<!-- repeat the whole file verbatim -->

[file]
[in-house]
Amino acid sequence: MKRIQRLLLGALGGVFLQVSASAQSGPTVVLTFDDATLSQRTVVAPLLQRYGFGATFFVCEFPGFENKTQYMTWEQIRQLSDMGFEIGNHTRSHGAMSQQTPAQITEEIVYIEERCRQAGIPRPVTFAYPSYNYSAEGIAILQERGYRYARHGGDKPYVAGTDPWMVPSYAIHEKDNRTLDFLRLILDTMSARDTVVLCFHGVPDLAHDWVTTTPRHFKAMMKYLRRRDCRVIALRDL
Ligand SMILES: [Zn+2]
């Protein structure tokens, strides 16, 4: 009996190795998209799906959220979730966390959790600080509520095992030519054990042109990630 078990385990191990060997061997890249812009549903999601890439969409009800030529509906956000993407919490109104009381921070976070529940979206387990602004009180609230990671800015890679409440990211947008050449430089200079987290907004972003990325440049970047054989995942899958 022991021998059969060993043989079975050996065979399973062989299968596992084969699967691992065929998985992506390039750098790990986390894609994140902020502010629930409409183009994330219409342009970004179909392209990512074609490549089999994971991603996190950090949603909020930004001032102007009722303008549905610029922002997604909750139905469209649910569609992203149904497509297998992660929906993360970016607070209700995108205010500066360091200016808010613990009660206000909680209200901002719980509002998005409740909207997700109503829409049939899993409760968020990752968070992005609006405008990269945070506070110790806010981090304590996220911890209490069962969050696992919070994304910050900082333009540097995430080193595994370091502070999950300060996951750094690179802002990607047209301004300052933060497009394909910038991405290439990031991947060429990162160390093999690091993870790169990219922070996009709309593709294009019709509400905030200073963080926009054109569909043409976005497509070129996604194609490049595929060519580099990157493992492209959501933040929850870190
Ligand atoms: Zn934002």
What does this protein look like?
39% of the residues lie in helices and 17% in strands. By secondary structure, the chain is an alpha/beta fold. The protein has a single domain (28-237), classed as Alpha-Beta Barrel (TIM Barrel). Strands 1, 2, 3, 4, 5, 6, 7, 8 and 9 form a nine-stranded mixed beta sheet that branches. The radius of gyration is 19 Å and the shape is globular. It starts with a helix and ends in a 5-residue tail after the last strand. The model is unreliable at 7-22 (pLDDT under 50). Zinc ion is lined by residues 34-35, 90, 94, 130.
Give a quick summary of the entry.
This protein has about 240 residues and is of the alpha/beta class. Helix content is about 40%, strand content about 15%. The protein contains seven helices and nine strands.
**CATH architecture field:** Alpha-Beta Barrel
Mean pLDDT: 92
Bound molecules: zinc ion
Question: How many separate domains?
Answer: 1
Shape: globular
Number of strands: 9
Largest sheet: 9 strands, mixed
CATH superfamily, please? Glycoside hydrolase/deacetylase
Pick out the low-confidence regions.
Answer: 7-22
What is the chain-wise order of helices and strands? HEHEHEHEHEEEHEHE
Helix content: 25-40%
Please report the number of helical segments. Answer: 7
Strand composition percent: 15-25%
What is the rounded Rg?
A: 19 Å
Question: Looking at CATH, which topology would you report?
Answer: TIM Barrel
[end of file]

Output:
[in-house]
Amino acid sequence: MKRIQRLLLGALGGVFLQVSASAQSGPTVVLTFDDATLSQRTVVAPLLQRYGFGATFFVCEFPGFENKTQYMTWEQIRQLSDMGFEIGNHTRSHGAMSQQTPAQITEEIVYIEERCRQAGIPRPVTFAYPSYNYSAEGIAILQERGYRYARHGGDKPYVAGTDPWMVPSYAIHEKDNRTLDFLRLILDTMSARDTVVLCFHGVPDLAHDWVTTTPRHFKAMMKYLRRRDCRVIALRDL
Ligand SMILES: [Zn+2]
């Protein structure tokens, strides 16, 4: 009996190795998209799906959220979730966390959790600080509520095992030519054990042109990630 078990385990191990060997061997890249812009549903999601890439969409009800030529509906956000993407919490109104009381921070976070529940979206387990602004009180609230990671800015890679409440990211947008050449430089200079987290907004972003990325440049970047054989995942899958 022991021998059969060993043989079975050996065979399973062989299968596992084969699967691992065929998985992506390039750098790990986390894609994140902020502010629930409409183009994330219409342009970004179909392209990512074609490549089999994971991603996190950090949603909020930004001032102007009722303008549905610029922002997604909750139905469209649910569609992203149904497509297998992660929906993360970016607070209700995108205010500066360091200016808010613990009660206000909680209200901002719980509002998005409740909207997700109503829409049939899993409760968020990752968070992005609006405008990269945070506070110790806010981090304590996220911890209490069962969050696992919070994304910050900082333009540097995430080193595994370091502070999950300060996951750094690179802002990607047209301004300052933060497009394909910038991405290439990031991947060429990162160390093999690091993870790169990219922070996009709309593709294009019709509400905030200073963080926009054109569909043409976005497509070129996604194609490049595929060519580099990157493992492209959501933040929850870190
Ligand atoms: Zn934002």
What does this protein look like?
39% of the residues lie in helices and 17% in strands. By secondary structure, the chain is an alpha/beta fold. The protein has a single domain (28-237), classed as Alpha-Beta Barrel (TIM Barrel). Strands 1, 2, 3, 4, 5, 6, 7, 8 and 9 form a nine-stranded mixed beta sheet that branches. The radius of gyration is 19 Å and the shape is globular. It starts with a helix and ends in a 5-residue tail after the last strand. The model is unreliable at 7-22 (pLDDT under 50). Zinc ion is lined by residues 34-35, 90, 94, 130.
Give a quick summary of the entry.
This protein has about 240 residues and is of the alpha/beta class. Helix content is about 40%, strand content about 15%. The protein contains seven helices and nine strands.
**CATH architecture field:** Alpha-Beta Barrel
Mean pLDDT: 92
Bound molecules: zinc ion
Question: How many separate domains?
Answer: 1
Shape: globular
Number of strands: 9
Largest sheet: 9 strands, mixed
CATH superfamily, please? Glycoside hydrolase/deacetylase
Pick out the low-confidence regions.
Answer: 7-22
What is the chain-wise order of helices and strands? HEHEHEHEHEEEHEHE
Helix content: 25-40%
Please report the number of helical segments. Answer: 7
Strand composition percent: 15-25%
What is the rounded Rg?
A: 19 Å
Question: Looking at CATH, which topology would you report?
Answer: TIM Barrel